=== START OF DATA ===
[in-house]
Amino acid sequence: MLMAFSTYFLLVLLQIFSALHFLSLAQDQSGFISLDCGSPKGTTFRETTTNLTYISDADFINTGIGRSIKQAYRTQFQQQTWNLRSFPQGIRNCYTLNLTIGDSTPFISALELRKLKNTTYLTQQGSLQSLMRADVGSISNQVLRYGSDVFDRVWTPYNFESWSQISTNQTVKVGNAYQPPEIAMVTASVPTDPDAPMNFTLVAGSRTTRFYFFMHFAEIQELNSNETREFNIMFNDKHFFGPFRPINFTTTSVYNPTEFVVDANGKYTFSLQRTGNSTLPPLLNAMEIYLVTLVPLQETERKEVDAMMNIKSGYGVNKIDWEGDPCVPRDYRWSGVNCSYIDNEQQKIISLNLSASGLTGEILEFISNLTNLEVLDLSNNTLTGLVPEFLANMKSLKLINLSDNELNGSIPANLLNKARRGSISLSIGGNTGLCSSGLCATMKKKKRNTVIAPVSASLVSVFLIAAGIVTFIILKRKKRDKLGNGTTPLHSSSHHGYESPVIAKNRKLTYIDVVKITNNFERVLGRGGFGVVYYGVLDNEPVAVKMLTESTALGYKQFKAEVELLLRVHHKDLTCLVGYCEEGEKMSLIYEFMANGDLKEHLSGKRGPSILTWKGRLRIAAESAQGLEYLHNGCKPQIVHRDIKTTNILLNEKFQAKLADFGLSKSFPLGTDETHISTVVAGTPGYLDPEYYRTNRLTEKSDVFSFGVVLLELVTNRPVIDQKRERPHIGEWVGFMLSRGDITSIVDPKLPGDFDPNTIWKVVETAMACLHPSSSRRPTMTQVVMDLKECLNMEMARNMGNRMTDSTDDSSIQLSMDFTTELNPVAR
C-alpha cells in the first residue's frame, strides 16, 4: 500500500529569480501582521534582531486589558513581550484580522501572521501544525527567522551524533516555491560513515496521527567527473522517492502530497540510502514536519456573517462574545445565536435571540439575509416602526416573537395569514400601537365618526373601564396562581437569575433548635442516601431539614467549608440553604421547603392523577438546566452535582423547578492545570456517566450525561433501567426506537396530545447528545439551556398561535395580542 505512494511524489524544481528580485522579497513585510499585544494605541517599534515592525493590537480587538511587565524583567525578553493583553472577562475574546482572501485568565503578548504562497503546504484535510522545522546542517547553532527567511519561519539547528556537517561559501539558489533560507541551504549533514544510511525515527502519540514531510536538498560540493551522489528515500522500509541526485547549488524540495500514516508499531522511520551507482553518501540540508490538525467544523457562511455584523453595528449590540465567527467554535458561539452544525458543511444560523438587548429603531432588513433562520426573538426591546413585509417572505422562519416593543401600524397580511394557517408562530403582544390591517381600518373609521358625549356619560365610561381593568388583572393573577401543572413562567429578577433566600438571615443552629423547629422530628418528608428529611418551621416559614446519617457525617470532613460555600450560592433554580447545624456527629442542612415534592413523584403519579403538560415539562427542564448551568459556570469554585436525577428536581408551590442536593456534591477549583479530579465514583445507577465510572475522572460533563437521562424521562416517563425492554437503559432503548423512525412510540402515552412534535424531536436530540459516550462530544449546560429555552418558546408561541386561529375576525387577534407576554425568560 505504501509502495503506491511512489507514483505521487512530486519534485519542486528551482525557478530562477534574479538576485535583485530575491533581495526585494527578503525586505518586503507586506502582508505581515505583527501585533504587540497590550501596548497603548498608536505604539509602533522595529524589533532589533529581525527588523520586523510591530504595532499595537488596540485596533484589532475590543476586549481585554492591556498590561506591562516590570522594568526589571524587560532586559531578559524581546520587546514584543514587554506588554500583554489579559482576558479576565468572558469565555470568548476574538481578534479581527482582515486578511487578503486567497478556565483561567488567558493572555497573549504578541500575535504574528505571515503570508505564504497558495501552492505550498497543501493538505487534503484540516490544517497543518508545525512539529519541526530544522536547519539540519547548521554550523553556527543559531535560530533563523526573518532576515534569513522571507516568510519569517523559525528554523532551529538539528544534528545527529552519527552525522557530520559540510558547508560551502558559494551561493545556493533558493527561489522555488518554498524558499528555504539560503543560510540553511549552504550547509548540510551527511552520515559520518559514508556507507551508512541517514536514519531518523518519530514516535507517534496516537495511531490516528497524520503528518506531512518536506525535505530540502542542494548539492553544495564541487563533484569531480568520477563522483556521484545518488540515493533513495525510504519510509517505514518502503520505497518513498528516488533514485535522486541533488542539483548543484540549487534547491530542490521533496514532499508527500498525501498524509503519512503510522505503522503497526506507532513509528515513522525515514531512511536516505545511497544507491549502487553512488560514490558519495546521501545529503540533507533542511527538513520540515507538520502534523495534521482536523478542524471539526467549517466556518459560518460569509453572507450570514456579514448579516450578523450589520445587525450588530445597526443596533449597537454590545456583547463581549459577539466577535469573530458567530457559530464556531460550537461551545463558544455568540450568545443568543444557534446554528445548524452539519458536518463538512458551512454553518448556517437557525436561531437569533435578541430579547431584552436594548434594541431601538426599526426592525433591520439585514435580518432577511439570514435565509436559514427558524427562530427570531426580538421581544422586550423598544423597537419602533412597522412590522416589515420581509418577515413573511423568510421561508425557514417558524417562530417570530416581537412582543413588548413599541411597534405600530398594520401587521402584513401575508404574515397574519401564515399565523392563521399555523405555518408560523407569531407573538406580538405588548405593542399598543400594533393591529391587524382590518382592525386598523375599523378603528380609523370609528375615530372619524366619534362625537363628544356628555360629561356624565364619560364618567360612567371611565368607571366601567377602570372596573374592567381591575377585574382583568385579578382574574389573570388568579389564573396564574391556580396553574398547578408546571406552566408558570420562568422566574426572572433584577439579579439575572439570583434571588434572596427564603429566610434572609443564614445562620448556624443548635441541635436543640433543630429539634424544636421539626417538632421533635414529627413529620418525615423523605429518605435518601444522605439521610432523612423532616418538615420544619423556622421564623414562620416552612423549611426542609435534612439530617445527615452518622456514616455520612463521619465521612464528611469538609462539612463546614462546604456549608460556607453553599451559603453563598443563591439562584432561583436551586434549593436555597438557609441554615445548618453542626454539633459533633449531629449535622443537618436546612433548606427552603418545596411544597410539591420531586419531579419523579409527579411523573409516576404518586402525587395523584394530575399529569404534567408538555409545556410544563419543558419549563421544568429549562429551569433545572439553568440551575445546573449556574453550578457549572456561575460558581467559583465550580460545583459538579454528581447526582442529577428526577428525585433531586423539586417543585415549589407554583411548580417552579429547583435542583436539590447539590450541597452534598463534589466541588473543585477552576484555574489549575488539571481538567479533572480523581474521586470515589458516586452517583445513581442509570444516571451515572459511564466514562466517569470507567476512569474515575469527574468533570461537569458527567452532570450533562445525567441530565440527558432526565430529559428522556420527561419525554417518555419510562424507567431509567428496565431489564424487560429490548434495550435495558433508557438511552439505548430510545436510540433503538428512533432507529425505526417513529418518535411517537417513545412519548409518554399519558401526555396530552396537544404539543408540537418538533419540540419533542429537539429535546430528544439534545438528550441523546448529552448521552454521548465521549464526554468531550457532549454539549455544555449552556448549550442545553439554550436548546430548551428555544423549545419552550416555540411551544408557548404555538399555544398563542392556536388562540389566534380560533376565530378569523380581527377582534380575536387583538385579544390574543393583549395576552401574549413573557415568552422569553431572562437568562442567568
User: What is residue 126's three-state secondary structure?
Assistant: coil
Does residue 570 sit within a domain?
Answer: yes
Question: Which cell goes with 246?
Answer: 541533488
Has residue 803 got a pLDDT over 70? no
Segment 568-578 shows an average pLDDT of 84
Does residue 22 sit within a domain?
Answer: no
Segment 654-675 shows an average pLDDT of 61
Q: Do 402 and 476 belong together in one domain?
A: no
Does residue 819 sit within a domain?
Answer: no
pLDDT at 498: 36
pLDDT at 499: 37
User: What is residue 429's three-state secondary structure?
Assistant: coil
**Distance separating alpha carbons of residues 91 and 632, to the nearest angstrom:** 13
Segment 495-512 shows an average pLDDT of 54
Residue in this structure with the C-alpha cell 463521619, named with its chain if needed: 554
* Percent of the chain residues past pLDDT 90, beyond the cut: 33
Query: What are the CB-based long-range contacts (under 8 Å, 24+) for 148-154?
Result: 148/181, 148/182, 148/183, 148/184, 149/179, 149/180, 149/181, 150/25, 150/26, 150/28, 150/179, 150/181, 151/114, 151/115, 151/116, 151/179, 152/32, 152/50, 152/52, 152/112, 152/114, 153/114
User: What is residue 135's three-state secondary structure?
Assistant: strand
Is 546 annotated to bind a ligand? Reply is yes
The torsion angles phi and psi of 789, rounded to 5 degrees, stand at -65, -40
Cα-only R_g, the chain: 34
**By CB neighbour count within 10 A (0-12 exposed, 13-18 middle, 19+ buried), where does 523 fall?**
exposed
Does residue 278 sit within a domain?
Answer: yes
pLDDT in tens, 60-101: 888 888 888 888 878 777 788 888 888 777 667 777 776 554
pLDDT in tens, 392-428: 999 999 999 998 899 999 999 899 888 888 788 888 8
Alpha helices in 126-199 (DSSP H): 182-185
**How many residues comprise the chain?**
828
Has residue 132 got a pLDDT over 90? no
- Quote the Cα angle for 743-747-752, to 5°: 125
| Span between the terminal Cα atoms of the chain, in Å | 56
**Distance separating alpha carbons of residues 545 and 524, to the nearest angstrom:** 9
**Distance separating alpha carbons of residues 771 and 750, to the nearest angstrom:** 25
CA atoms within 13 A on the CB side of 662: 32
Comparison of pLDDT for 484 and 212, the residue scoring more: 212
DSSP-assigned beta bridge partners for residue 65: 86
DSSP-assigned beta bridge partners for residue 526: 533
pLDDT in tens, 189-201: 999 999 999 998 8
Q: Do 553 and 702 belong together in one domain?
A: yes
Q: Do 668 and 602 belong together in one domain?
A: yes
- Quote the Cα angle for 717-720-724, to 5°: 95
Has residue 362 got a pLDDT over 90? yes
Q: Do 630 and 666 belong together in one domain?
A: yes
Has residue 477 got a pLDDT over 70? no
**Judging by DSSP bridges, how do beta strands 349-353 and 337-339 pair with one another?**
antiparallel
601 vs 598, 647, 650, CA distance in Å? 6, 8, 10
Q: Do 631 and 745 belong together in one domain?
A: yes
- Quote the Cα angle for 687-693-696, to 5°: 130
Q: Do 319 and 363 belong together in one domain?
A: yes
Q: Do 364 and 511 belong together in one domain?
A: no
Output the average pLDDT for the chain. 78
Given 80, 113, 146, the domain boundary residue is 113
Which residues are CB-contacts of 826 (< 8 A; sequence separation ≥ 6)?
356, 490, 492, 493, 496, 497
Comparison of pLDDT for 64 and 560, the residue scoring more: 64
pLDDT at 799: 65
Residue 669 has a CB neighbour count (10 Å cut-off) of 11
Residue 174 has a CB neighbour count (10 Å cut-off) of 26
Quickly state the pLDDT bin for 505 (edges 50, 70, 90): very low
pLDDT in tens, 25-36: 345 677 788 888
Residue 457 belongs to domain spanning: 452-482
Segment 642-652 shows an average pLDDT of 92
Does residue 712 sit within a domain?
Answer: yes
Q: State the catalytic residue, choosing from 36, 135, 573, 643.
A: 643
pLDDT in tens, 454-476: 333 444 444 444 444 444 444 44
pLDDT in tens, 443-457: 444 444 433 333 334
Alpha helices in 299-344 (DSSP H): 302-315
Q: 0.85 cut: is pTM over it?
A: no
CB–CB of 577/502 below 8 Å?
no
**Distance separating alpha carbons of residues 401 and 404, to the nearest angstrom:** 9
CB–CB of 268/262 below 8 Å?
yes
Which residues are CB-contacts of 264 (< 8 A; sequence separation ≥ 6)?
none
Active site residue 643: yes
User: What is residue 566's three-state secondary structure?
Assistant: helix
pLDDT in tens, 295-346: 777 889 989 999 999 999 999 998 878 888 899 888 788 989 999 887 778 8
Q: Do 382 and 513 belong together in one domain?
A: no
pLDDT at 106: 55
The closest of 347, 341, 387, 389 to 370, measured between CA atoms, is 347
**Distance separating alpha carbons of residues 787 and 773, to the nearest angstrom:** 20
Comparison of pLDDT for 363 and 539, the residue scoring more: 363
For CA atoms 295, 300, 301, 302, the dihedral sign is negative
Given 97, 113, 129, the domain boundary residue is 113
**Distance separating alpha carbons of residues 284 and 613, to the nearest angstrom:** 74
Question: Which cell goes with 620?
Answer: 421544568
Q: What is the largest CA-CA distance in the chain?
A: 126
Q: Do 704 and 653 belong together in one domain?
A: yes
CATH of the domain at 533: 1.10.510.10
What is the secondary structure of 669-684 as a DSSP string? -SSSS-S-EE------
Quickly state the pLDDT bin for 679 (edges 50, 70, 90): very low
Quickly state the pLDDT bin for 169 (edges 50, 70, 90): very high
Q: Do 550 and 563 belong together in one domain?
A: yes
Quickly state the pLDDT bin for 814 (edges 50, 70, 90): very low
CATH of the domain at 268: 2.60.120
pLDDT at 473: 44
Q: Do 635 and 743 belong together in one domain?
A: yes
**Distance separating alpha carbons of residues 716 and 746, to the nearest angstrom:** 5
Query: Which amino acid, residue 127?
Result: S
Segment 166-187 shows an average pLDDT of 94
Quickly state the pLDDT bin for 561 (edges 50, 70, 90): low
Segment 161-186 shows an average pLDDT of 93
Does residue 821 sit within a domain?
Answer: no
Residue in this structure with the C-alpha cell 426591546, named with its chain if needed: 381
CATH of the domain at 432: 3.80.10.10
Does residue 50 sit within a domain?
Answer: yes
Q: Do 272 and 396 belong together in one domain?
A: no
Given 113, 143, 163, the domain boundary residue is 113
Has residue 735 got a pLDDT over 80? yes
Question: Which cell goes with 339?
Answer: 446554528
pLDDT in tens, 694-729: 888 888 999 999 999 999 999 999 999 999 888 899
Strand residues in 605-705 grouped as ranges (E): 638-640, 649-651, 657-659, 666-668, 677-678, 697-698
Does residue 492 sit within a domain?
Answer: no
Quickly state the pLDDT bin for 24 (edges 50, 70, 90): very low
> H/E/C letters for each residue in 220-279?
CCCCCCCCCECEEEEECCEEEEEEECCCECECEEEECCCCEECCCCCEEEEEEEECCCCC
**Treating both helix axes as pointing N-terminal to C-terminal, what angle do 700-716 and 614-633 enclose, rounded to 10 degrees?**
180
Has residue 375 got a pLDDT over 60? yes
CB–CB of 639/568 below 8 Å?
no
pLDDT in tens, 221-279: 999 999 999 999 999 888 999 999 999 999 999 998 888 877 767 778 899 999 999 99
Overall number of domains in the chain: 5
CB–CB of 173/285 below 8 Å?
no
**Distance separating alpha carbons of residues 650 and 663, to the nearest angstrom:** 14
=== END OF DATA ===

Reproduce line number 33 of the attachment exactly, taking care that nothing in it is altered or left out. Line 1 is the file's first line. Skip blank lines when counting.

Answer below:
Cα-only R_g, the chain: 34